Increased plasma amylin in type 1 diabetic patients after kidney and pancreas transplantation: A sign of impaired beta-cell function?Diabetes Care. 2006 May; 29(5):1031-8.DC
In response to hyperglycemia, beta-cells release insulin and C-peptide, as well as islet amyloid pancreatic polypeptide, which is involved in glucose homeostasis. After successful pancreas-kidney transplantation (PKT), type 1 diabetic patients may revert to a nondiabetic metabolism without exogenous insulin therapy and re-secrete all beta-cell hormones.
RESEARCH DESIGN AND METHODS
Using mathematical models, we investigated hormone (amylin, insulin, C-peptide) and metabolite (glucose, free fatty acids) kinetics, beta-cell sensitivity to glucose, and oral glucose insulin sensitivity index (OGIS) in 11 nondiabetic type 1 diabetic patients after PKT (BMI 25 +/- 1 kg/m2, 47 +/- 2 years of age, 4 women/7 men, glucocorticoid-free), 6 matching nondiabetic patients after kidney transplantation (25 +/- 1 kg/m2, 50 +/- 5 years, 3 women/3 men, on glucocorticoids), and 9 matching nondiabetic control subjects (24 +/- 1 kg/m2, 47 +/- 2 years, 4 women/5 men) during a 3-h 75-g oral glucose tolerance test (OGTT).
PKT patients had higher fasting amylin (19 +/- 3 vs. control subjects: 7 +/- 1 pmol/l) and insulin (20 +/- 2 vs. control subjects: 10 +/- 1 microU/ml; each P < 0.01) levels. Kidney transplant subjects showed increased OGTT plasma insulin at 90 min and C-peptide levels (each P < 0.05). In PKT patients, plasma glucose from 90 to 150 min was 9-31% higher (P < 0.05 vs. control subjects). Amylin clearance was comparable in all groups. Amylin's plasma concentrations and area under the concentration curve were up to twofold higher in PKT patients during OGTT (P < 0.05). OGIS was not significantly different between groups. beta-Cell sensitivity to glucose was reduced in PKT patients (-64%, P < 0.009). Fasting plasma amylin was inversely associated with beta-cell sensitivity to glucose (r = -0.543, P < 0.004).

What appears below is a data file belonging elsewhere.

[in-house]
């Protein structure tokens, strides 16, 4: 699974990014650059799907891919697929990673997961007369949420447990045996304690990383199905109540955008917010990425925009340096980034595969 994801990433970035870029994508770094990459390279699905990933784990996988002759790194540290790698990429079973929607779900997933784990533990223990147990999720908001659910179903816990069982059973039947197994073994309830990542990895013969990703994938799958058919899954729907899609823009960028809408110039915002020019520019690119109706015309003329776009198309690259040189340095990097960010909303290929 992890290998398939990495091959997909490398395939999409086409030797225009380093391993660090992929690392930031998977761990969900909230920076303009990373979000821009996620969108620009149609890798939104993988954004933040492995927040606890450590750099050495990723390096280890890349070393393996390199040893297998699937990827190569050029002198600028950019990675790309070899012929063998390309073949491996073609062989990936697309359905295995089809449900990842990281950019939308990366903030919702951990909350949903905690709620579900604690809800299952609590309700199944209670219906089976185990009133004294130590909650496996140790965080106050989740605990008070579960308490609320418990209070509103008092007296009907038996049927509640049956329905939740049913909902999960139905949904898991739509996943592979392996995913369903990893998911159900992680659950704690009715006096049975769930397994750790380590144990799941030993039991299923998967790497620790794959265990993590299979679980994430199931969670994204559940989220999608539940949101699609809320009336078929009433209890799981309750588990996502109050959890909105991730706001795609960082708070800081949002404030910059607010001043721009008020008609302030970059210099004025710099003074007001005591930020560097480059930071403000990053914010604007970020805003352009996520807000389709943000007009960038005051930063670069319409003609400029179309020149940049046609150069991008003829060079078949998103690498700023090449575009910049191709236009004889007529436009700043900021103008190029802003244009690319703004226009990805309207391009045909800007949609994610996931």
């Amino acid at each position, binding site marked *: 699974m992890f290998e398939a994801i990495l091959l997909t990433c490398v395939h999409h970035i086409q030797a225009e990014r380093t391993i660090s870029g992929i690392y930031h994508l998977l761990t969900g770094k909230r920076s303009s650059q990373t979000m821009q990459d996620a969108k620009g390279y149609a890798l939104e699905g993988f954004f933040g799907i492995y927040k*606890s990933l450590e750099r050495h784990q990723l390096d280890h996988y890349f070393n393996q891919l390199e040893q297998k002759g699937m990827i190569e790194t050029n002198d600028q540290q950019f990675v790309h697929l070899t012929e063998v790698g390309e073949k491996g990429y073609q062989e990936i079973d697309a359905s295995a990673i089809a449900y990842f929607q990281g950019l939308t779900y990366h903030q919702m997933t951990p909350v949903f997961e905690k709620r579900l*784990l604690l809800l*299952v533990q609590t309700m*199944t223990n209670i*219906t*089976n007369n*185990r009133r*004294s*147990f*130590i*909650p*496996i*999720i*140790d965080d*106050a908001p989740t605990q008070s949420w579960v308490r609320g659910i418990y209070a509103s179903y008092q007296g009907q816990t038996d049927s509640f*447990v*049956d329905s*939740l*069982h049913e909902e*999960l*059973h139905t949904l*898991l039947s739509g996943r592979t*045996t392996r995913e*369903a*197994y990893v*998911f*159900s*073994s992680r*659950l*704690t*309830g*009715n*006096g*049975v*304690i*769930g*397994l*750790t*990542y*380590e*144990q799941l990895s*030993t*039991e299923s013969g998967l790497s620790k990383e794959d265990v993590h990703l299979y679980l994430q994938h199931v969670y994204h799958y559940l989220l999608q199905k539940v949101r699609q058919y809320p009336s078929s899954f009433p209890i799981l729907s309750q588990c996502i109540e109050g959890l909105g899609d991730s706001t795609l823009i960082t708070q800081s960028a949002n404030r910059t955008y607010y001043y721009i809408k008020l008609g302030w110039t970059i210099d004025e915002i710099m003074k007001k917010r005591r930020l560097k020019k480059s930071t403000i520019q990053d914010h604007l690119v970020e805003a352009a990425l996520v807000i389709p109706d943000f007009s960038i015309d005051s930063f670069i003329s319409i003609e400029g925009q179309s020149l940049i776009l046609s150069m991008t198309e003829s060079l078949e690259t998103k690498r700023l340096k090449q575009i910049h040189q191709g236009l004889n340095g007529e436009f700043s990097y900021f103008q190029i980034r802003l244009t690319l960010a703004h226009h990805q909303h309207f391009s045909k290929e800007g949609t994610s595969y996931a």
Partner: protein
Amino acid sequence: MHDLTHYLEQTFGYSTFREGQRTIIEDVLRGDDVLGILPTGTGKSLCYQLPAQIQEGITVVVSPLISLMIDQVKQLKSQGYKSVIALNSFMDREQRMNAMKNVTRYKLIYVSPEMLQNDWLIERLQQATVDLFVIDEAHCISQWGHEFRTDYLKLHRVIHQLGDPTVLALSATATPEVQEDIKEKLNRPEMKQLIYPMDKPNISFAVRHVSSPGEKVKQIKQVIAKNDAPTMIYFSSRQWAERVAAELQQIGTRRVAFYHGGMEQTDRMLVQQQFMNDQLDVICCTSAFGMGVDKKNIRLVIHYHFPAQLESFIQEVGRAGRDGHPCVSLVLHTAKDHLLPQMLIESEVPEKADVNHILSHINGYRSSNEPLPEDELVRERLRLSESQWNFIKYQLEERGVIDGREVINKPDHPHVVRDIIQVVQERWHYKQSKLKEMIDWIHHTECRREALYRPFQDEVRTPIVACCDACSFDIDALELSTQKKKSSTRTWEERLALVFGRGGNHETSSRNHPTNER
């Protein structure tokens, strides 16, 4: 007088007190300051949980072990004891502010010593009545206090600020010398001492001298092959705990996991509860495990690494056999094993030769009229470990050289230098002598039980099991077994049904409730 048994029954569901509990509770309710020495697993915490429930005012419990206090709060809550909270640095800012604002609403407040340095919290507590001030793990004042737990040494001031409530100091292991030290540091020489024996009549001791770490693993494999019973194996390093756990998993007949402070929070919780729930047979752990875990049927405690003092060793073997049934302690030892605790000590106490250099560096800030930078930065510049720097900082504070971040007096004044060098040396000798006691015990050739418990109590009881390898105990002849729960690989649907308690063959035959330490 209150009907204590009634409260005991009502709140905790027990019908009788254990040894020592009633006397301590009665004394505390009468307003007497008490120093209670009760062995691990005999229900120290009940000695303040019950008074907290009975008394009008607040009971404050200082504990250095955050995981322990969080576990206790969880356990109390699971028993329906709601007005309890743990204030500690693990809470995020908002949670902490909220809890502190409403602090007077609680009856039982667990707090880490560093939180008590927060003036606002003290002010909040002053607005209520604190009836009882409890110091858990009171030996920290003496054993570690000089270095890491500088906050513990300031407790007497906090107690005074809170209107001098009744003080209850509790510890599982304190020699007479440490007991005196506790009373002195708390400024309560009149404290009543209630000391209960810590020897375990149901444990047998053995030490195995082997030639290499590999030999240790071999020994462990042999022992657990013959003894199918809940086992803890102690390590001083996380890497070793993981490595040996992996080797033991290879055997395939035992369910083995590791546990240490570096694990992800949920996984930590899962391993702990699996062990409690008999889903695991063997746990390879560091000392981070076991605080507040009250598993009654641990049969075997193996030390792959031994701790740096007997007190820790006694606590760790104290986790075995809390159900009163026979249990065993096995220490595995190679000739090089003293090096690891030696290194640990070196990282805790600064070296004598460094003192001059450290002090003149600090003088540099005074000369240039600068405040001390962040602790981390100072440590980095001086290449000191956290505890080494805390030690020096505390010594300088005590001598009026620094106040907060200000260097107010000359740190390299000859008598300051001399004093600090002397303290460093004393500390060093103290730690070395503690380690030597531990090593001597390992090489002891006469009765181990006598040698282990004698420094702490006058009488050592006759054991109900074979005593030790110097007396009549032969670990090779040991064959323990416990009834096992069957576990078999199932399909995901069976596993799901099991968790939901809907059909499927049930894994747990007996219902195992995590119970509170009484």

After successful PKT, type 1 diabetic patients with nondiabetic glycemia exhibit increased fasting and post-glucose load plasma amylin, which appears to be linked to impaired beta-cell function. Thus, higher amylin release in proportion to insulin might also reflect impaired beta-cell function in type 1 diabetic patients after PKT.